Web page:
Wisconsin Governor Scott Walker spoke to NR today about his role in a small working group of governors attempting to help House and Senate Republicans forge the legislative replacement for Obamacare, including what to do about the people who are covered by the law’s expansion of Medicaid in 31 states.
“It’s a logical spot for me, particularly as chairman of the [Republican Governors Association],” Walker said. “It’s important to have governors [involved], particularly on the Medicaid side, since we’re the ones who are going to have to make that happen. We’ve met with both House and Senate chairs, talked to the Speaker, talked to others about this.”
From his comments, it doesn’t sound like many details have been hammered out yet, but the aim is to avoid taking away coverage from the new Medicaid coverage recipients, and instead swapping it for a market-based plan.
“We have a small working group of governors, evenly mixed between states that took the Medicaid expansion and states like mine that did not, and trying to hammer through some of those issues,” Walker said. “The House and Senate leaders would like to have a plan they can pass that will have the support of governors. If you don’t, not only is it politically harder to do, those who are legitimately trying to solve this issue understand that you can’t hand Medicaid off to the states in a way that sets us up for failure.”
Walker said he’s not worried Republicans are overpromising on how satisfied Americans will be with the legislative replacement for Obamacare.
“I think you can replace and reform in a way that gives people the same or better,” he said. “I’m not talking about having the same subsidy from the government. Because of the bifurcated Supreme Court decision, we [in Wisconsin] were able to determine our destiny on Medicaid. We didn’t take the expansion, and we’re not a state exchange state, but for the first time ever, we covered everyone in poverty with Medicaid. All those above [the poverty level], we transitioned them to the marketplace. Somebody conceivably earning just above poverty [level], working to tap into a reasonably-costing plan by virtue of the subsidies, now under the market-driven approach, we [can] do the same with a tax credit or something very similar to the tax credit.”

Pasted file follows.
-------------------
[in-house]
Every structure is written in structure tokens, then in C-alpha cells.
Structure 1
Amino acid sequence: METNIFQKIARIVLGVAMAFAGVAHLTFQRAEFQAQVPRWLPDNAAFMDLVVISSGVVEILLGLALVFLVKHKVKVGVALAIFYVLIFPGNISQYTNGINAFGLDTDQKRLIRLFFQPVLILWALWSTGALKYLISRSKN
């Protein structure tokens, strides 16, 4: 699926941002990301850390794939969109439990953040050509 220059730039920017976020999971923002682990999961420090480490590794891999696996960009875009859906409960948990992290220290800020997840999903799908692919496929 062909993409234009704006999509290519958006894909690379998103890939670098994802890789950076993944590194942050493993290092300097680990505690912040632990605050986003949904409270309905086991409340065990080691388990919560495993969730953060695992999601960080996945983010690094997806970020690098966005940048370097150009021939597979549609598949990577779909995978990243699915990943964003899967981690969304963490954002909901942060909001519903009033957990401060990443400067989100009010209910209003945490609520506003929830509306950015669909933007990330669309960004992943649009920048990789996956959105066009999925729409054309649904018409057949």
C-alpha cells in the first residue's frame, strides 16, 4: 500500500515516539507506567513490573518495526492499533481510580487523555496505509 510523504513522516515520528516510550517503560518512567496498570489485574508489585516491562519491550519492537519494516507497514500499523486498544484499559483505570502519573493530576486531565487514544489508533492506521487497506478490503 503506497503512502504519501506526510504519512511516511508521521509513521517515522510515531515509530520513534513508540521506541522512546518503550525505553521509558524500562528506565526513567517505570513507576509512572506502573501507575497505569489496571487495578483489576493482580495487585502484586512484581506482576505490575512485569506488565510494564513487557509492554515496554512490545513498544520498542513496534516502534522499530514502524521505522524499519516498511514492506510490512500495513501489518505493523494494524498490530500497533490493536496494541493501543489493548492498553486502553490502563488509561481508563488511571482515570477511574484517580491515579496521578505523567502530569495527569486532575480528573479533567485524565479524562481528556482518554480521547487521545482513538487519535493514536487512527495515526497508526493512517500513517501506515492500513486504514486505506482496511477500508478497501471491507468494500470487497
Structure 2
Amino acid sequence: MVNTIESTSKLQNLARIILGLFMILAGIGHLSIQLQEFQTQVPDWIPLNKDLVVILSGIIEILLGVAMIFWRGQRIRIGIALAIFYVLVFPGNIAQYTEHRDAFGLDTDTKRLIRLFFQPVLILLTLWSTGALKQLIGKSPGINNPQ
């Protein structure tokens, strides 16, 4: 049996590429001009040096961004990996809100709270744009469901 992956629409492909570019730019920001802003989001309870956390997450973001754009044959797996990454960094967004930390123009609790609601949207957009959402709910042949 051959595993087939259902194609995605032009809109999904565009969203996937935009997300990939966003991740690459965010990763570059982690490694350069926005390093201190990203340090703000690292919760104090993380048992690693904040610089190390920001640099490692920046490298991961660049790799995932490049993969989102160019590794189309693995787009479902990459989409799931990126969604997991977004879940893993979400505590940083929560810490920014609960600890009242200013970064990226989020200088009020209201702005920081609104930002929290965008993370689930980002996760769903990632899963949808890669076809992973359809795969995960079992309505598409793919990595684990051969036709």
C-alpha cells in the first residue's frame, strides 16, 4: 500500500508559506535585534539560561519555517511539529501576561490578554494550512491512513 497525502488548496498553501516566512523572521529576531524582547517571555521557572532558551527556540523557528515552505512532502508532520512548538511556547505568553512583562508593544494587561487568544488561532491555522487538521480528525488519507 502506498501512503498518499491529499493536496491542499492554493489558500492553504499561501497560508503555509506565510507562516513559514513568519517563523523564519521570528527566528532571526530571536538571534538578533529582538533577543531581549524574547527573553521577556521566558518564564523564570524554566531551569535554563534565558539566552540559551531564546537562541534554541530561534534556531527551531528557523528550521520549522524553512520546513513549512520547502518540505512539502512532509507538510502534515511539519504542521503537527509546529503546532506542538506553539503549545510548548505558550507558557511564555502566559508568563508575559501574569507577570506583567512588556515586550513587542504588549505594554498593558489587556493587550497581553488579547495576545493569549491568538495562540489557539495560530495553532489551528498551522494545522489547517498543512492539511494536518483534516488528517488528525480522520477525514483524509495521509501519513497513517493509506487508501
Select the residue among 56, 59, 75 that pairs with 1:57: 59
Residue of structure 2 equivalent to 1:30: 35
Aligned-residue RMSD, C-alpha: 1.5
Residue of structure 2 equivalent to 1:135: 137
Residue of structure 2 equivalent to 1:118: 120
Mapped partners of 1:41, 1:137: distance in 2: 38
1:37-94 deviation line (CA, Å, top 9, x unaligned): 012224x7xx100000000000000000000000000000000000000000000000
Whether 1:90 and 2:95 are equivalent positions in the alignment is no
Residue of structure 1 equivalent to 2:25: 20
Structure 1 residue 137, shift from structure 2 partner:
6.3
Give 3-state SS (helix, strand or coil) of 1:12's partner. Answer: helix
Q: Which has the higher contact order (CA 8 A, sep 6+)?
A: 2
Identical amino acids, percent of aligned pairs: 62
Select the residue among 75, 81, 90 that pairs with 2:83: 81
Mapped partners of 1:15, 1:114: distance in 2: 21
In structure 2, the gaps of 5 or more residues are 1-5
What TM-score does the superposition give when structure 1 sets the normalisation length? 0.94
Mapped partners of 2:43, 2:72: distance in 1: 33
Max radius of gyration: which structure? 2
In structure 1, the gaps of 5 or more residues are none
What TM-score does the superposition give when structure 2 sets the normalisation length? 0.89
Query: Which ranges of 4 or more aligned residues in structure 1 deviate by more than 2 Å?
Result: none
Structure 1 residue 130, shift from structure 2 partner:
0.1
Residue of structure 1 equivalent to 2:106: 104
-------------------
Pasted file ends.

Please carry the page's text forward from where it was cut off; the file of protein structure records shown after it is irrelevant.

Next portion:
“When governors are given the ability to really reform Medicaid and our other assistance programs, when I say it’s the same or better, I mean we help somebody get into the workforce. Now they’ve got an employer-based plan, or they’re making enough to be able to afford the co-pays or the premiums on that. They’re better off than they were before. The government just giving them something, even in the form of a subsidy, isn’t necessarily good for them. We can find a better alterative. It doesn’t mean we’re giving you more money, but rather we’re giving you more ability to earn and live a better life.”
Walker also talked about his experience with angry protesters on the Left and offered advice to Congressional Republicans facing hostile crowds in their town halls.
“People have a right to be heard, and don’t respond in kind, but don’t let the noise of the protesters to drown out the voices of the people who elected you in the first place,” Walker said. “When we had 100,000 or almost 150,000 protesters around our capital, a reporter asked me, ‘don’t these people have a right to heard?’ I said, ‘sure, that’s what great about America. You can protest your government. But I’m not going to let them down out the voices of the people who elected me in this state who are at home, taking care of their families, and working. They elected me to do the things I’m doing.’”
It’s a strange new status for Walker, to suddenly talked about his new status as one of the less controversial Republican figures in the new Trump era of the GOP.
“I had somebody at one of the colleges, say ‘compared to Trump, you’re actually pretty reasonable. I said, ‘thanks, I think,’” Walker said with a laugh. “Obviously, in her mind, she didn’t like me much before, but now I’m this mainstream guy.”